However, the biggest story from the competition so far came from the Group F game between Mali and Tunisia in which Zambian referee Janny Sikazwe blew for full time five minutes early. After realising his error, he continued the game but then he signalled for full time again even though the clock showed there was still more time remaining. The Tunisian players remonstrated with the referee but the game finished 1-0 to Mali. That is until twenty minutes later when the organisers told the players to return to the pitch to play out the remining time. The Malian side did go back out but the Tunisian team refused and the game was awarded to Mali 1-0. A bizarre way to conclude a match.

Stinger: You are listening to languagecaster.com (in Swahili).

Good Bye

DF: Yes, you are listening to languagecaster.com and that message was in Swahili and we’d love to hear from any other fans of football in Africa who might like to share the message, ‘you are listening to Languagecaster.com’ in their or indeed any other language.

OK, that’s it for this short podcast in which we have looked back at some of the highs and lows from the first week from the AFCON tournament and we’ll be looking at some more words and phrases used to describe some of the matches in this competition over the next couple of weeks. Don’t forget that there’s a transcript to this podcast and lots of vocabulary support which you can access by coming along to our site. We also have a football language forum where fans of the beautiful game can ask and answer questions on all kinds of football language – come along and join in the football language discussion. OK, enjoy all the football this week and we’ll see you again soon. Bye bye.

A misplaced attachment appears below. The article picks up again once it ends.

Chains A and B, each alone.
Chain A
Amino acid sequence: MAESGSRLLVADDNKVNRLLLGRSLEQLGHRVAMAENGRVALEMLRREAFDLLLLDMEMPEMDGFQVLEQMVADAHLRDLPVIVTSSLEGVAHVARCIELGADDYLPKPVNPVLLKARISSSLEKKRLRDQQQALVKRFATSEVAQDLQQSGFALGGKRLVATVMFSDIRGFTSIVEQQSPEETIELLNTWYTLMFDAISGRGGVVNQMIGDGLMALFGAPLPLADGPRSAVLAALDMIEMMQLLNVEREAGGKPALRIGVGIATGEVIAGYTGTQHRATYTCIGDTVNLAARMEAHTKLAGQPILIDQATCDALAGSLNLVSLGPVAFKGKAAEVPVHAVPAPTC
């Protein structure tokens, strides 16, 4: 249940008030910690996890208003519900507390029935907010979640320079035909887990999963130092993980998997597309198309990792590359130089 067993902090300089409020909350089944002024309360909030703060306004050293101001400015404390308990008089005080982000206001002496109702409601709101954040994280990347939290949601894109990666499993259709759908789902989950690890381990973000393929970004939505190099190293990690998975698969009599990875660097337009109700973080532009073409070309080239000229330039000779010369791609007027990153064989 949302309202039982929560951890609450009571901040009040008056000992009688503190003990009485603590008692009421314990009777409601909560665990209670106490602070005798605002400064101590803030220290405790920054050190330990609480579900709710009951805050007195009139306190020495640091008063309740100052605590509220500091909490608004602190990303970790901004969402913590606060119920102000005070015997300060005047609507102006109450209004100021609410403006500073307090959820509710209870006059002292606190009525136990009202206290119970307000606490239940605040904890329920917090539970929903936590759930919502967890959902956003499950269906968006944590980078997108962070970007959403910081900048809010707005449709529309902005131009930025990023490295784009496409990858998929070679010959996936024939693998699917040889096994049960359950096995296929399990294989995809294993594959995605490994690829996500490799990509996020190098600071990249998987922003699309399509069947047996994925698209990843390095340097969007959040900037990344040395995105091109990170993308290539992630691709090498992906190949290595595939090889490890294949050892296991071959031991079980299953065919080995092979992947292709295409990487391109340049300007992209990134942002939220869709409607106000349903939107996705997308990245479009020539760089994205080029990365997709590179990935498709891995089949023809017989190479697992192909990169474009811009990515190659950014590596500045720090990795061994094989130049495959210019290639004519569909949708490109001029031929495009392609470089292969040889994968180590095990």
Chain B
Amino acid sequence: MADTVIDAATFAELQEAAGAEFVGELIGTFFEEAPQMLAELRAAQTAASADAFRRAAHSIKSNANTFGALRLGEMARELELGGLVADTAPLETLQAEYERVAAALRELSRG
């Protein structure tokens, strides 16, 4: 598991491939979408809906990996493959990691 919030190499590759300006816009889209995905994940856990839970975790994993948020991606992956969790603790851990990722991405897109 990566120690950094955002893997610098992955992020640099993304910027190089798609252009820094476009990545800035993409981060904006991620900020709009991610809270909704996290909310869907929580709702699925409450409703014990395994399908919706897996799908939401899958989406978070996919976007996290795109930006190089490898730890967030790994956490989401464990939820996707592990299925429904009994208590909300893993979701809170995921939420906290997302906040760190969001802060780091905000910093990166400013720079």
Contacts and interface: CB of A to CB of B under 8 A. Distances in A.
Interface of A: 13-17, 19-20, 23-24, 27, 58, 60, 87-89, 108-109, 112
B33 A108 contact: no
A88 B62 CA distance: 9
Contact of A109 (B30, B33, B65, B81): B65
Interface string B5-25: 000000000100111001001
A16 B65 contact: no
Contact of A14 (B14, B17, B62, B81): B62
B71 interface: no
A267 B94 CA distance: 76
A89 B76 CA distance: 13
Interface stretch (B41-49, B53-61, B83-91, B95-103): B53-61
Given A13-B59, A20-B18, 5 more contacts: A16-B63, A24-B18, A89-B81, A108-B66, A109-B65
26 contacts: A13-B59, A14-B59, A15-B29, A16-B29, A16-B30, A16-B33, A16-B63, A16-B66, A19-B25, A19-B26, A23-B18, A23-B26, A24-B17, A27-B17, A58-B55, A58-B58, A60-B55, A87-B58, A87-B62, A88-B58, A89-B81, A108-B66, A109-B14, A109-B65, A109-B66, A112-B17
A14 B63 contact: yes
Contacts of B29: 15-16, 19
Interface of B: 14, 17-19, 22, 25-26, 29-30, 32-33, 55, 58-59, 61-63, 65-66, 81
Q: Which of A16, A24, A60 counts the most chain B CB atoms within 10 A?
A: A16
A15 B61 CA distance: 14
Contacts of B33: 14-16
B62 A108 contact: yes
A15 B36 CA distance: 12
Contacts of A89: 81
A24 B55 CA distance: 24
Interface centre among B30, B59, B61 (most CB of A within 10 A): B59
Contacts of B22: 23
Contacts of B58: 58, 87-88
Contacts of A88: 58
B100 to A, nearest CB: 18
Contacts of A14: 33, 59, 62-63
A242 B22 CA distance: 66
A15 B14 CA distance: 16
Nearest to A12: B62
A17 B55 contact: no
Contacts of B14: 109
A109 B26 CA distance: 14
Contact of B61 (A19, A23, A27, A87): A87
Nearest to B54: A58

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Learn English Through FootballWelcome to the website that helps students interested in football improve their English language skills. Football fans can practise with lots of free language resources, including football-language podcasts and our huge football-language glossary.

PodcastEpisode 785